My Transgender Agenda

23 Aug

My thoughts on this subject have been evolving for around five years. Here’s what I got.

First: acknowledge that not only is this likely to go before SCOTUS, but that it *should* do so, because all this unresolved conflict is inevitably going to trickle down on the very exposed children involved with all this. I agree that they are the victims, though I don’t agree with transactivists as to exactly how they are victims. Also acknowledge that the trans rights legal people are likely to win. They have the money, skills, connections, funding, and reputations, and they may well have the Court, without a major sea change in public perceptions. ACLU alone has over 500,000 members and has an annual budget of over $100 million, and 2,000 volunteer attorneys. Lambda Legal notes here, about the recent Texas court ruling, that

Five civil rights organizations who had submitted a joint amicus (friend-of-the-court) brief in the lawsuit – Lambda Legal, American Civil Liberties Union (ACLU) and ACLU of Texas; National Center for Lesbian Rights (NCLR); Transgender Law Center; and GLBTQ Legal Advocates & Defenders (GLAD) – issued the following statement in response to U.S. District Court Judge Reed O’Connor’s ruling:

A ruling by a single judge in one circuit cannot and does not undo the years of clear legal precedent nationwide establishing that transgender students have the right to go to school without being singled out for discrimination. This unfortunate and premature ruling may, however, confuse school districts that are simply trying to support their students, including their transgender students.

So let us make it clear to those districts: your obligations under the law have not changed, and you are still not only allowed but required to treat transgender students fairly.

The scope of this injunction has no effect on the ability of other courts or lawyers representing transgender people to continue to rely on the federal government’s interpretations of Title IX or on prior decisions that have reached similar conclusions about the scope of federal sex discrimination laws.

The court’s misguided decision targets a small, vulnerable group of young people – transgender elementary and high school students – for potential continued harassment, stigma and abuse.

Also, I think it is completely pointless and also is marginalizing to argue from the point of view that all transgenderism, transsexualism, is culturally and medically created (though I still suspect it is, the history argues for it) as long as we live in a culture that engages in so much enforced gender scripting. It makes it extremely difficult to sort out what is happening, and it’s unrealistic to expect most people to be interested in or even capable of understanding the analysis supporting this position.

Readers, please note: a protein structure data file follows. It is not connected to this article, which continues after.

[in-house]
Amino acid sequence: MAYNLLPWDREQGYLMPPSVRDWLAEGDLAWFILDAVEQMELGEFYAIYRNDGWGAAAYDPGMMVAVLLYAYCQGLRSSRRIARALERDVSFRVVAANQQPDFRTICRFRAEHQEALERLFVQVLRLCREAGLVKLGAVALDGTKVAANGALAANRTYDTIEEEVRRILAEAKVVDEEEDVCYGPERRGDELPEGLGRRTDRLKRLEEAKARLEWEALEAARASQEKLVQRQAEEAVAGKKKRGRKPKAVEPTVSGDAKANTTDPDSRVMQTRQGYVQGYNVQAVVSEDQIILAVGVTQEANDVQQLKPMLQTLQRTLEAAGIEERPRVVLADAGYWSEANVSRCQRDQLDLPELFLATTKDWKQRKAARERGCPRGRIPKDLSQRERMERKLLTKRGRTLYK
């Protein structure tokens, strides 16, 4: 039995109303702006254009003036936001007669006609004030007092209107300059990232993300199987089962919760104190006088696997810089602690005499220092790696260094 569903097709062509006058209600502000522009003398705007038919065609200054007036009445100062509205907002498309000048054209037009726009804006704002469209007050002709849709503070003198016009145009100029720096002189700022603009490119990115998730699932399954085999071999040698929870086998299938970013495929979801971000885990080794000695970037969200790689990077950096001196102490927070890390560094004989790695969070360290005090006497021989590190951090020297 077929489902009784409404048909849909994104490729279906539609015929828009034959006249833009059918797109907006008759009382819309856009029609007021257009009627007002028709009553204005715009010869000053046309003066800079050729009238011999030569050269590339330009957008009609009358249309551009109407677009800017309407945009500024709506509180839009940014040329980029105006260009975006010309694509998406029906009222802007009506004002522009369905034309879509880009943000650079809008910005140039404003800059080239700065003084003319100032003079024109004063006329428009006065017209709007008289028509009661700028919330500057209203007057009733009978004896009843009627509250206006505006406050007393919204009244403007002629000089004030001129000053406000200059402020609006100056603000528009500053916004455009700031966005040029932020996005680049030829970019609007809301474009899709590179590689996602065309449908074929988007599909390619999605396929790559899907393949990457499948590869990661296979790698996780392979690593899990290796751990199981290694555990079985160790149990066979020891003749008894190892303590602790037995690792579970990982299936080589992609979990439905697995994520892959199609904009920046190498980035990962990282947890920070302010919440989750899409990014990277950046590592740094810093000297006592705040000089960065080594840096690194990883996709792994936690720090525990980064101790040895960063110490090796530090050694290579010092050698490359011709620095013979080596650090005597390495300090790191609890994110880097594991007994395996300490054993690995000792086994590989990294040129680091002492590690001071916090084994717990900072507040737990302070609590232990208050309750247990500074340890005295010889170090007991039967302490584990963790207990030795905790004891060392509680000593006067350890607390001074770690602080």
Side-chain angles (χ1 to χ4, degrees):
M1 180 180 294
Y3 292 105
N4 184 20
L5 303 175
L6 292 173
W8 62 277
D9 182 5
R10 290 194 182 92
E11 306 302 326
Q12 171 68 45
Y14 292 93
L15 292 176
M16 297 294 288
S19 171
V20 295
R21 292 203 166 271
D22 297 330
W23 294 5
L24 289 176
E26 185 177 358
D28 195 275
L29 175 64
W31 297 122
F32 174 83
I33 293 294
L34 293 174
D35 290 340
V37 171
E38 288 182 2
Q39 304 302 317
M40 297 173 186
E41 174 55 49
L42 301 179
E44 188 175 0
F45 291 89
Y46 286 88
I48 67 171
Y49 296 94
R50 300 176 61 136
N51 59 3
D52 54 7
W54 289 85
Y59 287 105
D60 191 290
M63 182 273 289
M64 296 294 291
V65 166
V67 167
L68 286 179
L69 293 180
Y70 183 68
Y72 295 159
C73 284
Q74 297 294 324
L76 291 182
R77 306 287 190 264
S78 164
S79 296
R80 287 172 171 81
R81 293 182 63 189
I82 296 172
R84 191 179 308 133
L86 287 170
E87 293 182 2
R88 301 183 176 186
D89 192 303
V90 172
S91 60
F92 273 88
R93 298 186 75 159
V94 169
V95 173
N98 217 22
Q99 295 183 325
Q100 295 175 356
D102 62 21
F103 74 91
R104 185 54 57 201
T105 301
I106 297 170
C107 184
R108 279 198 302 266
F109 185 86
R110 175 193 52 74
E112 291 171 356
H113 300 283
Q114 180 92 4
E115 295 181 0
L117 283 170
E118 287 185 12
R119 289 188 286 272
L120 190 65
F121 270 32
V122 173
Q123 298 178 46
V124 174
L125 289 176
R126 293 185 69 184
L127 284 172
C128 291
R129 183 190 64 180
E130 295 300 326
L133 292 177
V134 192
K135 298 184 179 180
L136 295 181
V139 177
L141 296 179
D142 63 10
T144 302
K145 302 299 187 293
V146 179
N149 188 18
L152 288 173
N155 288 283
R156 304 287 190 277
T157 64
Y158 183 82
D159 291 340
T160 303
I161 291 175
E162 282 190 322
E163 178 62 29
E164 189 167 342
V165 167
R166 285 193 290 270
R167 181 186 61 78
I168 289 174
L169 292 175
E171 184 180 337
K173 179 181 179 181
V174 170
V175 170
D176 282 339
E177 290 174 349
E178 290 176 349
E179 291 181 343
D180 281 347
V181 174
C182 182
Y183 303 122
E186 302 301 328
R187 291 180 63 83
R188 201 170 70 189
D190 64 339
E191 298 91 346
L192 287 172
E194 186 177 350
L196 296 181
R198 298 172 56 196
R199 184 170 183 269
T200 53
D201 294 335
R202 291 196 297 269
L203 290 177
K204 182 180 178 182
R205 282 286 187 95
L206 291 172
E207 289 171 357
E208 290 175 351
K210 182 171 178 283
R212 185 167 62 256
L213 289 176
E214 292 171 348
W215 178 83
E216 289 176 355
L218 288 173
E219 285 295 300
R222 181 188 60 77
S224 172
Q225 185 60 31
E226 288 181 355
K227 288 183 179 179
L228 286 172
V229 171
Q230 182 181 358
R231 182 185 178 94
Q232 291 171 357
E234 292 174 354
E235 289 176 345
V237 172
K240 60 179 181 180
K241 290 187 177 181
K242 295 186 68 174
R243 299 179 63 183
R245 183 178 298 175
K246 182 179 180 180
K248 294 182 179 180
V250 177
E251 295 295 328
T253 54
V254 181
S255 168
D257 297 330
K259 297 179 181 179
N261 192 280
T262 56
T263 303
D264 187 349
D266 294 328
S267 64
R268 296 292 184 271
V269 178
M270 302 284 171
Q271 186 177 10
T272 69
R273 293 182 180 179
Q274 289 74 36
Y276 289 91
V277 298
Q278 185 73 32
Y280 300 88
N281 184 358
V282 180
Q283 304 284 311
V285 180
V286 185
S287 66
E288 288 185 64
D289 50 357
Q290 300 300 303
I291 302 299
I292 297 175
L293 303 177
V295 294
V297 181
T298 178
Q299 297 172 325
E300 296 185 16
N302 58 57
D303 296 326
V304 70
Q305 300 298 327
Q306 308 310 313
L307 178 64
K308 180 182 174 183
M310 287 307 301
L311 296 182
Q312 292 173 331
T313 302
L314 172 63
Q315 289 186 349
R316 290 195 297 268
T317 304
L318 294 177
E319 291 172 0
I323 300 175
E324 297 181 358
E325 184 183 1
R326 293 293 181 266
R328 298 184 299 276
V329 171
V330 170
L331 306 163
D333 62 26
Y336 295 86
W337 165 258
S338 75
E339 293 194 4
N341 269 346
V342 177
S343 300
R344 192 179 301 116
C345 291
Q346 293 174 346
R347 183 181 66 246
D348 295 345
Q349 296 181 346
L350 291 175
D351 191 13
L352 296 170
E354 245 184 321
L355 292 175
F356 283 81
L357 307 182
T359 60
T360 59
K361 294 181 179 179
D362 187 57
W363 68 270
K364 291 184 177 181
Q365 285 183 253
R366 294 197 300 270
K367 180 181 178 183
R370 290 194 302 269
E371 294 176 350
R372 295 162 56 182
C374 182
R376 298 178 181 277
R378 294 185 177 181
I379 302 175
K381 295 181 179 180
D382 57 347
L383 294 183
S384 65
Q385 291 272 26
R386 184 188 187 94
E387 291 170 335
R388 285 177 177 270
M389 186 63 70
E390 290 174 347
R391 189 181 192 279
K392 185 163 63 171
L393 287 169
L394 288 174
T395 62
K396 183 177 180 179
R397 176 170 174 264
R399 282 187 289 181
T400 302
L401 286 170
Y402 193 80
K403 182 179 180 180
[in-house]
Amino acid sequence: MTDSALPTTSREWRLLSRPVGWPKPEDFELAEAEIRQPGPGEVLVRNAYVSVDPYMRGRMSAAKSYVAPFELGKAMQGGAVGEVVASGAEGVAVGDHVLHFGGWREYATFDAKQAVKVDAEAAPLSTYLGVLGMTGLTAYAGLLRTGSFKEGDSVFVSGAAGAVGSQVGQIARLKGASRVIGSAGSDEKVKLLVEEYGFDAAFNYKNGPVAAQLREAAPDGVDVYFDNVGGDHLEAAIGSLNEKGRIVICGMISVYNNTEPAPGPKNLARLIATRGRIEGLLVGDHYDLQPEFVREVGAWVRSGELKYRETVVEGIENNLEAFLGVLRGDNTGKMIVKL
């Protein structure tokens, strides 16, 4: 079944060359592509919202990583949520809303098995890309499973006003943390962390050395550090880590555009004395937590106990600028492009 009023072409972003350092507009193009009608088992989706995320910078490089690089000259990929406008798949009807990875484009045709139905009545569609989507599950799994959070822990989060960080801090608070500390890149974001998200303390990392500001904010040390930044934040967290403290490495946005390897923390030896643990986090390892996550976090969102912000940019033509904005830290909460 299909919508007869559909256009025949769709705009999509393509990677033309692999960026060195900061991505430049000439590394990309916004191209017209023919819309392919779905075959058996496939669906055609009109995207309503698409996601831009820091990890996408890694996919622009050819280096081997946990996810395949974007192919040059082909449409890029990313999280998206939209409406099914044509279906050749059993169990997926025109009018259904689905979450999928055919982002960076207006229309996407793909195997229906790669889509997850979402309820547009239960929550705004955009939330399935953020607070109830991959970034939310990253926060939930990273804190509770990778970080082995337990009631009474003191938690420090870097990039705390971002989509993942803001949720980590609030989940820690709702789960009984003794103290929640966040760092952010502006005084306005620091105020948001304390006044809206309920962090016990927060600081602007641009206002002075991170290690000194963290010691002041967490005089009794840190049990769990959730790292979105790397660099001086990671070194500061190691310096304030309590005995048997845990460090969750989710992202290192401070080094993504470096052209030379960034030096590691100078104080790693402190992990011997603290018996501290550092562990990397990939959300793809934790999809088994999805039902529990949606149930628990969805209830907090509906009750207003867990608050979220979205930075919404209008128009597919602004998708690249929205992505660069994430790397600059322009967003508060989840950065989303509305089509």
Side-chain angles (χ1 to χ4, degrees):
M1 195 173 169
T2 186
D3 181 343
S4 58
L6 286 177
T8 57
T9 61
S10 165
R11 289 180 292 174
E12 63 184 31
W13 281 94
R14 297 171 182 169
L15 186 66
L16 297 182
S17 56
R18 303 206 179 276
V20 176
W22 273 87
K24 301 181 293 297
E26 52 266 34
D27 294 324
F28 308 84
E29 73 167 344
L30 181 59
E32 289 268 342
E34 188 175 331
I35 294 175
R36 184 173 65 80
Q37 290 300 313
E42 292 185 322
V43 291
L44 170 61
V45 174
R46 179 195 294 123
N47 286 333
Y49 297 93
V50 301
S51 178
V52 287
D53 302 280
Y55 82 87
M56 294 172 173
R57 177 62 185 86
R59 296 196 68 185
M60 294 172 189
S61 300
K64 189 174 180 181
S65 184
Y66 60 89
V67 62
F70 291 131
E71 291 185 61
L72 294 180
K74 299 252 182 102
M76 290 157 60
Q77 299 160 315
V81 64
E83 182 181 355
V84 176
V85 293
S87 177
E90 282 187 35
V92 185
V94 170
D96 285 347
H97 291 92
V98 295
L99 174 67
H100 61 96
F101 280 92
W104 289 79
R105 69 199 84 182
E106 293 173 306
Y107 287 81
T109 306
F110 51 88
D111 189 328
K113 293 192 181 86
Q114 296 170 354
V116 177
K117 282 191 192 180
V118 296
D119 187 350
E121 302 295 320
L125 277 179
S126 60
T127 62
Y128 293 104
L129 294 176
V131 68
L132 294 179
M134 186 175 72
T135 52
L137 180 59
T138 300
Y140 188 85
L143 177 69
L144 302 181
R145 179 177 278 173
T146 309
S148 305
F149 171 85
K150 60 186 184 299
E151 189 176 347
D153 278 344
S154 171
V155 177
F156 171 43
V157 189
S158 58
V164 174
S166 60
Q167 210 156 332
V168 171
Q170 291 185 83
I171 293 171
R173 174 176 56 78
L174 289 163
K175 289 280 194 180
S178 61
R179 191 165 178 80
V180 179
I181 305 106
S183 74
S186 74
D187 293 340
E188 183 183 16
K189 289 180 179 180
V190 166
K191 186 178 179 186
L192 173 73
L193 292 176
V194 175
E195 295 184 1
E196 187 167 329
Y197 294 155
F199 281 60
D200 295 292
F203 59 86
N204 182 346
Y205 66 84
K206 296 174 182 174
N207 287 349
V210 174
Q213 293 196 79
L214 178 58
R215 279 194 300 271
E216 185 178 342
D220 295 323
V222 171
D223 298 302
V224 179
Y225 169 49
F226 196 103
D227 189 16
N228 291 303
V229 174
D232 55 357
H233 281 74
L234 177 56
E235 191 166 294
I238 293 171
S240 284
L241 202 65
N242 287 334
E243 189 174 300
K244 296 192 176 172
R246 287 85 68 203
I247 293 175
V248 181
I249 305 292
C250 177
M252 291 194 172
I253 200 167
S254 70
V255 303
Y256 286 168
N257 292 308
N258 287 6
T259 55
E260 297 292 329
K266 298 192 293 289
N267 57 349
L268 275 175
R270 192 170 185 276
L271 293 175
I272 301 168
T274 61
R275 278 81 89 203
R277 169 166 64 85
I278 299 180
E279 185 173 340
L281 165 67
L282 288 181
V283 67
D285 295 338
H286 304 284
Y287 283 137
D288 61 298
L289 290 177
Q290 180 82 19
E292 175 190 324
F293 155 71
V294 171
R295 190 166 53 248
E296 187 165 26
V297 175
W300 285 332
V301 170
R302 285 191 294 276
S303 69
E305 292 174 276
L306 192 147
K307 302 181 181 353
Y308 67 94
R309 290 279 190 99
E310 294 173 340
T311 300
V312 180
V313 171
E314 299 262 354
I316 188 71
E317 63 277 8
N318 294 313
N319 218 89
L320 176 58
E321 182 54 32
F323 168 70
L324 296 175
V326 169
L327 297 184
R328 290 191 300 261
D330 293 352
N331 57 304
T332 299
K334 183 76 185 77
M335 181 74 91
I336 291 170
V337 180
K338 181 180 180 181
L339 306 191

So my position is to stop expecting the law to change when it’s supported by cultural values and medical practice. The weakest link is medical practice, go after that. Insist on something besides self-diagnosis of transgenderism based on gender stereotypes and a sense of being uncomfortable with one’s self. Insist that the possibility of co-morbid psychological conditions be addressed, and also that the possibility of patients’ evolving same-sex orientation be discussed, as a disproportionate number of gender dysphoric kids turn out to be gay, and not all homosexuals work out their orientation prior to adolescence. In fact, many do not, what with living in heteronormative cultures that do not freely encourage and support the idea of same-sex attraction as healthy and wholesome and generally normal and not freakish.

Insist, in other words, on a proper diagnostic process, not just treating all this like nose jobs. Treatment with testosterone, especially, is hazardous, and nobody really knows yet what extended off-label use of puberty blockers does to children.

Also fight back against this endless reducing the age of consent, which is pushed because “they’ll pass better.” These are children, not modeling clay.

Gender abolitionists get criticized for being extremists, but if we can’t all, transactivist and abolitionist alike, agree on it being wrong to misdiagnose people, and that this actually happens, and that transgender regret is a thing, and also social contagion, and that children are highly impressionable; then who is being intransigent here? Who is being extreme?



5 Responses to “My Transgender Agenda”

  1. punkworked 2016/08/24 at 7:10 am #

    Absolutely right. The medical and diagnostic avenue is by far the best. That begins with those in charge writing a clear protocol that insists young people access not well meaning counsellors but multi agency teams who look at family as well. A few medical negligence cases, well publicised would not go amiss. This is untried science that would have animal rights activists up in arms.

    Liked by 1 person

  2. gerbby 2016/08/24 at 3:54 pm #

    Very true. As much as I disagree with trans activist, I don’t think anything good will come from socially alienating dysphoric youth. It is a tragedy for all the kids involved that this has crashed so violently, when few people know anything but the slanted narrative in the media. I see trans allies in comment boxes who seem to still believe it is 1990 and that gatekeeping prevents inappropriate transition.

    Liked by 1 person

    • Miep 2016/08/24 at 8:11 pm #

      Exactly. The narrative is out of control, and all these excesses keep becoming the story, thus masking the genuine problems people experience and needs they have.

      Liked by 2 people

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